Demand Response (DR) is used globally as a cost-effective way to maintain grid reliability and security. Energy users including businesses, government agencies and households can participate by lowering their electricity consumption – either through reducing demand or switching on an onsite generator – in response to an incentive or signal. There are four types of demand response:
Emergency DR is used when there’s not enough electricity supply to meet consumers’ needs. This is usually called on if a major generator breaks down, or during summer when demand is very high.
Energy users can reduce their demand for electricity in return for incentive payments to keep the grid stable and avoid power outages.
In Australia Emergency DR is largely provided through the Reliability and Emergency Reserve Trader (RERT). The Australian Energy Market Operator (AEMO) calls on electricity users to reduce grid power when demand outstrips supply. We participate in this program by offering AEMO our clients’ energy load during grid emergencies, who are paid for their contribution.
Ancillary services DR is used to keep the frequency of the electricity system stable. Energy users are paid to provide Frequency Control Ancillary Services (FCAS), by reducing demand to keep the grid operating within its usual frequency range of around 50 Hertz.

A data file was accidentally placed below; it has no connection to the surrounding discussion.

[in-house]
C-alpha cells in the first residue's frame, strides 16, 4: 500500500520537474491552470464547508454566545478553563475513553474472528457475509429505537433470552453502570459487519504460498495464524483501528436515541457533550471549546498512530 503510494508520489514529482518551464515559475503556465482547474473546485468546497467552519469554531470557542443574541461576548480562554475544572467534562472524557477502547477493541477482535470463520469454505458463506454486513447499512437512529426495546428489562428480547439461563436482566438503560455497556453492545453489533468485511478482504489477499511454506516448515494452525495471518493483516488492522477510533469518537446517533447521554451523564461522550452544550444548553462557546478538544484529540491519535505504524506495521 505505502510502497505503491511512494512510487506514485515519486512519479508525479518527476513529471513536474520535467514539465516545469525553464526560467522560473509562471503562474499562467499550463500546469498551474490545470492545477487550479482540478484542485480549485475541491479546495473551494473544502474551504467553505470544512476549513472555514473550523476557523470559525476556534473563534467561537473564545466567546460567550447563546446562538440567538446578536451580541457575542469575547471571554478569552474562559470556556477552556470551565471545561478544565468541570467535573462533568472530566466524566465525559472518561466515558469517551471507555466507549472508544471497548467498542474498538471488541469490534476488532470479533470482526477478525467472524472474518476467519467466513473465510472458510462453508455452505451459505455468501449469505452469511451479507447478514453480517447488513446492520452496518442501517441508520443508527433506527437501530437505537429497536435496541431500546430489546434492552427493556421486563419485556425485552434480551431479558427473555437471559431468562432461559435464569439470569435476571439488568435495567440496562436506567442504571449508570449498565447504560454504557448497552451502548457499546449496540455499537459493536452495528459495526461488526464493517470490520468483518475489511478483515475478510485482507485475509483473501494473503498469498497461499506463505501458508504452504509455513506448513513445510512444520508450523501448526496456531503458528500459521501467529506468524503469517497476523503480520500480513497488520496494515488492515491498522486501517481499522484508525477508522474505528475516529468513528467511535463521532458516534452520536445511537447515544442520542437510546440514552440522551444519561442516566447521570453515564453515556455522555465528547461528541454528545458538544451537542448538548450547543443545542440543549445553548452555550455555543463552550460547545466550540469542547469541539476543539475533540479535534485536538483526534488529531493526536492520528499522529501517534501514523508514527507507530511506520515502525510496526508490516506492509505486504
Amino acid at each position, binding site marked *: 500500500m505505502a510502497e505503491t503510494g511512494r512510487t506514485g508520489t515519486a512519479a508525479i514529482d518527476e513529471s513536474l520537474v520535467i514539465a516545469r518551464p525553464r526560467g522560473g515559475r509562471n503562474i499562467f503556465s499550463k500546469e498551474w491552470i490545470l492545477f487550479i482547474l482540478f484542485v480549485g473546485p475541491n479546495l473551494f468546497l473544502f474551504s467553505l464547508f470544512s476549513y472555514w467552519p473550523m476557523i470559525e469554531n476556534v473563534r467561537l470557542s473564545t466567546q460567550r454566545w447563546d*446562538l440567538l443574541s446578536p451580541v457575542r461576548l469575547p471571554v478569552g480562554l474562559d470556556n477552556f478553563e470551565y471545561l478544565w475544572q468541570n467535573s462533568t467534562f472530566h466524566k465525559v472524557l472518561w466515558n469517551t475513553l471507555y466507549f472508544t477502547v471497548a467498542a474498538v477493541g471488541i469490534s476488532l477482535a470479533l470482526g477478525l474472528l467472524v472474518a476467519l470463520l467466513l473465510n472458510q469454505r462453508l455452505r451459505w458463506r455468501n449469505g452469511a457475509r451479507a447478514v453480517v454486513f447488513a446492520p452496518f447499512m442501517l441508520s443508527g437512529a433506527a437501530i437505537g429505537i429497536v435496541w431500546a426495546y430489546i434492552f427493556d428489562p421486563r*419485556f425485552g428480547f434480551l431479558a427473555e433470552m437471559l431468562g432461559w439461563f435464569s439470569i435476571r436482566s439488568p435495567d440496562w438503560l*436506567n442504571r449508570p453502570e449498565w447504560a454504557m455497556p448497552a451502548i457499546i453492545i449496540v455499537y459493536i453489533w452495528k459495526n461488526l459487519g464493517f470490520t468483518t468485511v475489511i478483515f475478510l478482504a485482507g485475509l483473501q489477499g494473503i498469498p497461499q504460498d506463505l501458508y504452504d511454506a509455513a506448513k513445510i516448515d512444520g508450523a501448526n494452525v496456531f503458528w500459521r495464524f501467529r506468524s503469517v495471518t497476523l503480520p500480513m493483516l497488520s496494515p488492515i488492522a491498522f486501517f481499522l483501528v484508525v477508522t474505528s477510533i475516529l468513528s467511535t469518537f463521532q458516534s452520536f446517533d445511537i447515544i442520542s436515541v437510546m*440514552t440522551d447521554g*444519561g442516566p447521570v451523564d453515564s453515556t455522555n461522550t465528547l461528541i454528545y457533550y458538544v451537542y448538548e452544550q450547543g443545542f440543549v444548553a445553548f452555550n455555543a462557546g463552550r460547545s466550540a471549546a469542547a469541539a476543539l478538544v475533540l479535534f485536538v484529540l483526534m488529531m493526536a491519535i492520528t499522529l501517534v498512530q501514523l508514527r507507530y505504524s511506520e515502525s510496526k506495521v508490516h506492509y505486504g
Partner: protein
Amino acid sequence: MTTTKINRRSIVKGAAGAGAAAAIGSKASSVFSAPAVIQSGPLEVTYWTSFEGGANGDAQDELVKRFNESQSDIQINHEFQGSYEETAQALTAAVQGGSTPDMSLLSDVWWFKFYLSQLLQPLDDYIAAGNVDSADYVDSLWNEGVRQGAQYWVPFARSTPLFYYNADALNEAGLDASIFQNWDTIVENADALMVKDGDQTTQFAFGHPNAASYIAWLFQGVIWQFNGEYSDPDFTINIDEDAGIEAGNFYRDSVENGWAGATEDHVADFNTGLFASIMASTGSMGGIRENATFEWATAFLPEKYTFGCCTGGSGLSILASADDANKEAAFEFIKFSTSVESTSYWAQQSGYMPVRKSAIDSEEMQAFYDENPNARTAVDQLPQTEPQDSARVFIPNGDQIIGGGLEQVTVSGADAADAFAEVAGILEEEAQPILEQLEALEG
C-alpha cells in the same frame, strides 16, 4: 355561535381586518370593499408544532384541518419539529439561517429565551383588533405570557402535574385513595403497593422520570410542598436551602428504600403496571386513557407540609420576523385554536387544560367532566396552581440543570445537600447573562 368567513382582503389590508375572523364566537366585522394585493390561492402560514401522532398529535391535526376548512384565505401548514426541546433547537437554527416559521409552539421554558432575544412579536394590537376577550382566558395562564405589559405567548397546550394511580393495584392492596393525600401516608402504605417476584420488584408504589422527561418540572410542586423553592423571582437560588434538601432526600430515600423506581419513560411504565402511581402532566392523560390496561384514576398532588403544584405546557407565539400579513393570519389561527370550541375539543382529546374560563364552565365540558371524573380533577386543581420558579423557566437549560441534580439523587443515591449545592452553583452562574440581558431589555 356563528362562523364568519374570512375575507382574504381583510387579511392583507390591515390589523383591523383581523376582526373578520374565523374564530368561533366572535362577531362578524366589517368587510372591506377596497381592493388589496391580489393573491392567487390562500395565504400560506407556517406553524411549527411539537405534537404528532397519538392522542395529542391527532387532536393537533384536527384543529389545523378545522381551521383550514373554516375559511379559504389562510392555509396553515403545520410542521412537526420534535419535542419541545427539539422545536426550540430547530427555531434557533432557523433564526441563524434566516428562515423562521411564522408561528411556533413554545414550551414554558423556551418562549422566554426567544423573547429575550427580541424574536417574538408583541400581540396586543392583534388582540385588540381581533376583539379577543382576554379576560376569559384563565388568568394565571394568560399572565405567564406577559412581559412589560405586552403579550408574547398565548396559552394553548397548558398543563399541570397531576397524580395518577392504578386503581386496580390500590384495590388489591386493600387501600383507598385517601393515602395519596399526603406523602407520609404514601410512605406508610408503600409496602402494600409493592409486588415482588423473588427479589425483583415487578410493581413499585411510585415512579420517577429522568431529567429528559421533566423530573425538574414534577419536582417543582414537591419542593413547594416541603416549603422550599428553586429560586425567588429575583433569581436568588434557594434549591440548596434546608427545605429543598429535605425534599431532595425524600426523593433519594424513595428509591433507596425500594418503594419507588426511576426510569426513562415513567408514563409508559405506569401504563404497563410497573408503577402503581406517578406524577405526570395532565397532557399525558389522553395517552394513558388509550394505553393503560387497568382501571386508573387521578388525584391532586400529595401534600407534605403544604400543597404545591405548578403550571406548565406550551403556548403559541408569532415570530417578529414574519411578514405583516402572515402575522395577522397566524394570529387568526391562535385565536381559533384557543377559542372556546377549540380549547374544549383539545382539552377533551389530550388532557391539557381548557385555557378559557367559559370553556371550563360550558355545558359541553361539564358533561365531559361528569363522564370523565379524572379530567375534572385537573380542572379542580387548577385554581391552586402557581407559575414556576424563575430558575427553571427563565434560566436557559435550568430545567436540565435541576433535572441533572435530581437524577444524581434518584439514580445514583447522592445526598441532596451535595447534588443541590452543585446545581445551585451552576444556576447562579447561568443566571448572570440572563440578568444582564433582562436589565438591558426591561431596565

Enel X provides more than 15% of the total frequency reserves. We directly contributed to reducing Australia’s FCAS prices when we entered this market (AEMO, 2018).
Our portfolio responds to an event by immediately dropping the majority of client consumption. This brings the grid back into normal range by balancing demand against supply.
Network DR involves lowering energy use to reduce the strain on the electricity network, such as when lines are reaching their capacity. This has an added benefit of avoiding expensive new network investment. Electricity networks are offering more incentives to consumers to reduce demand, particularly during network peak periods.
Wholesale DR involves energy users changing demand based on the wholesale electricity price, which fluctuates in response to supply and demand.
When consumers reduce demand during peak price periods, it reduces their electricity bills and puts downward pressure on electricity prices for all energy users.
At the moment, not many Australian electricity users face price signals that reflect the wholesale electricity price, so they’re not exposed to incentives to undertake wholesale DR.
The Australian Energy Market Commission (AEMC) made a draft rule in July 2019 to introduce a mechanism that will give energy users more opportunities to offer wholesale DR. The mechanism is due to be finalised in June 2020.
Businesses and some government agencies are already being rewarded for one or more forms of demand response.